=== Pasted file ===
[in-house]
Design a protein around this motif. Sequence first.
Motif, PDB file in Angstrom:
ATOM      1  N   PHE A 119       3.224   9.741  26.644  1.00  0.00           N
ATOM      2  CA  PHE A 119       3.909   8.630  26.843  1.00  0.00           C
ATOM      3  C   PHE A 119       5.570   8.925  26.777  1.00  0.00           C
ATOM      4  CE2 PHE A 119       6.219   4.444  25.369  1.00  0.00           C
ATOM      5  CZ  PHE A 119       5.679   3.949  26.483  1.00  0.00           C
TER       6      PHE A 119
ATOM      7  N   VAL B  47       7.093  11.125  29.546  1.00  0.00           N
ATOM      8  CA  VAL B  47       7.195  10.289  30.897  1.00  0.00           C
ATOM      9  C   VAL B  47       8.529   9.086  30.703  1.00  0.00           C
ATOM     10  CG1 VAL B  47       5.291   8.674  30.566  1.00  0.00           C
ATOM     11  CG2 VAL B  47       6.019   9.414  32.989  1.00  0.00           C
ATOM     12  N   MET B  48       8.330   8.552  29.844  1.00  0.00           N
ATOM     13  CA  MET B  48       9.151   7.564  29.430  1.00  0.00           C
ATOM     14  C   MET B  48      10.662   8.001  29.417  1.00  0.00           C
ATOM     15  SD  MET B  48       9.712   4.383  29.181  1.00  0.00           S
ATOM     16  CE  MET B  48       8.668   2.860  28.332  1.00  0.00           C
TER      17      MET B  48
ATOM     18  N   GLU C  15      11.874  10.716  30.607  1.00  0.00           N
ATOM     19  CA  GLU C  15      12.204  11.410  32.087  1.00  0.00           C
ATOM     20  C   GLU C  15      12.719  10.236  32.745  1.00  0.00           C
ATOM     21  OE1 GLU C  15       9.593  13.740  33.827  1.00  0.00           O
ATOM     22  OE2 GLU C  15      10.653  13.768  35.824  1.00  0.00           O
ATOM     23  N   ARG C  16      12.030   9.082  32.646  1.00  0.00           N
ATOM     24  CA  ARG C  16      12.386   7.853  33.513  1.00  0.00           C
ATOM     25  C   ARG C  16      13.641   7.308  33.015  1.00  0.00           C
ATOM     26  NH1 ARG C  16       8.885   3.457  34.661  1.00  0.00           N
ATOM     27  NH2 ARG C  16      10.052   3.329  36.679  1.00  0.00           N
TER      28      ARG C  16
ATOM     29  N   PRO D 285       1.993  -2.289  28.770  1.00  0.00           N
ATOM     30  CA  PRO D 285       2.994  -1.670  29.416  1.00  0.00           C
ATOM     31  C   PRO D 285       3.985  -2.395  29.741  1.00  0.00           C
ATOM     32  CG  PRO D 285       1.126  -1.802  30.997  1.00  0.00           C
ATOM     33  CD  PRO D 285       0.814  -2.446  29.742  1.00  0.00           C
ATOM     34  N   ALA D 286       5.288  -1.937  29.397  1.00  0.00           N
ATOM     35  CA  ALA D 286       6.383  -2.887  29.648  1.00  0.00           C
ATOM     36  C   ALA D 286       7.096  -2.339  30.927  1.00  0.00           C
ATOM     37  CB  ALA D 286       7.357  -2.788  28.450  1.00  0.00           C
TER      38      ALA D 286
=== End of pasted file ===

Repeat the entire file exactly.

[in-house]
Design a protein around this motif. Sequence first.
Motif, PDB file in Angstrom:
ATOM      1  N   PHE A 119       3.224   9.741  26.644  1.00  0.00           N
ATOM      2  CA  PHE A 119       3.909   8.630  26.843  1.00  0.00           C
ATOM      3  C   PHE A 119       5.570   8.925  26.777  1.00  0.00           C
ATOM      4  CE2 PHE A 119       6.219   4.444  25.369  1.00  0.00           C
ATOM      5  CZ  PHE A 119       5.679   3.949  26.483  1.00  0.00           C
TER       6      PHE A 119
ATOM      7  N   VAL B  47       7.093  11.125  29.546  1.00  0.00           N
ATOM      8  CA  VAL B  47       7.195  10.289  30.897  1.00  0.00           C
ATOM      9  C   VAL B  47       8.529   9.086  30.703  1.00  0.00           C
ATOM     10  CG1 VAL B  47       5.291   8.674  30.566  1.00  0.00           C
ATOM     11  CG2 VAL B  47       6.019   9.414  32.989  1.00  0.00           C
ATOM     12  N   MET B  48       8.330   8.552  29.844  1.00  0.00           N
ATOM     13  CA  MET B  48       9.151   7.564  29.430  1.00  0.00           C
ATOM     14  C   MET B  48      10.662   8.001  29.417  1.00  0.00           C
ATOM     15  SD  MET B  48       9.712   4.383  29.181  1.00  0.00           S
ATOM     16  CE  MET B  48       8.668   2.860  28.332  1.00  0.00           C
TER      17      MET B  48
ATOM     18  N   GLU C  15      11.874  10.716  30.607  1.00  0.00           N
ATOM     19  CA  GLU C  15      12.204  11.410  32.087  1.00  0.00           C
ATOM     20  C   GLU C  15      12.719  10.236  32.745  1.00  0.00           C
ATOM     21  OE1 GLU C  15       9.593  13.740  33.827  1.00  0.00           O
ATOM     22  OE2 GLU C  15      10.653  13.768  35.824  1.00  0.00           O
ATOM     23  N   ARG C  16      12.030   9.082  32.646  1.00  0.00           N
ATOM     24  CA  ARG C  16      12.386   7.853  33.513  1.00  0.00           C
ATOM     25  C   ARG C  16      13.641   7.308  33.015  1.00  0.00           C
ATOM     26  NH1 ARG C  16       8.885   3.457  34.661  1.00  0.00           N
ATOM     27  NH2 ARG C  16      10.052   3.329  36.679  1.00  0.00           N
TER      28      ARG C  16
ATOM     29  N   PRO D 285       1.993  -2.289  28.770  1.00  0.00           N
ATOM     30  CA  PRO D 285       2.994  -1.670  29.416  1.00  0.00           C
ATOM     31  C   PRO D 285       3.985  -2.395  29.741  1.00  0.00           C
ATOM     32  CG  PRO D 285       1.126  -1.802  30.997  1.00  0.00           C
ATOM     33  CD  PRO D 285       0.814  -2.446  29.742  1.00  0.00           C
ATOM     34  N   ALA D 286       5.288  -1.937  29.397  1.00  0.00           N
ATOM     35  CA  ALA D 286       6.383  -2.887  29.648  1.00  0.00           C
ATOM     36  C   ALA D 286       7.096  -2.339  30.927  1.00  0.00           C
ATOM     37  CB  ALA D 286       7.357  -2.788  28.450  1.00  0.00           C
TER      38      ALA D 286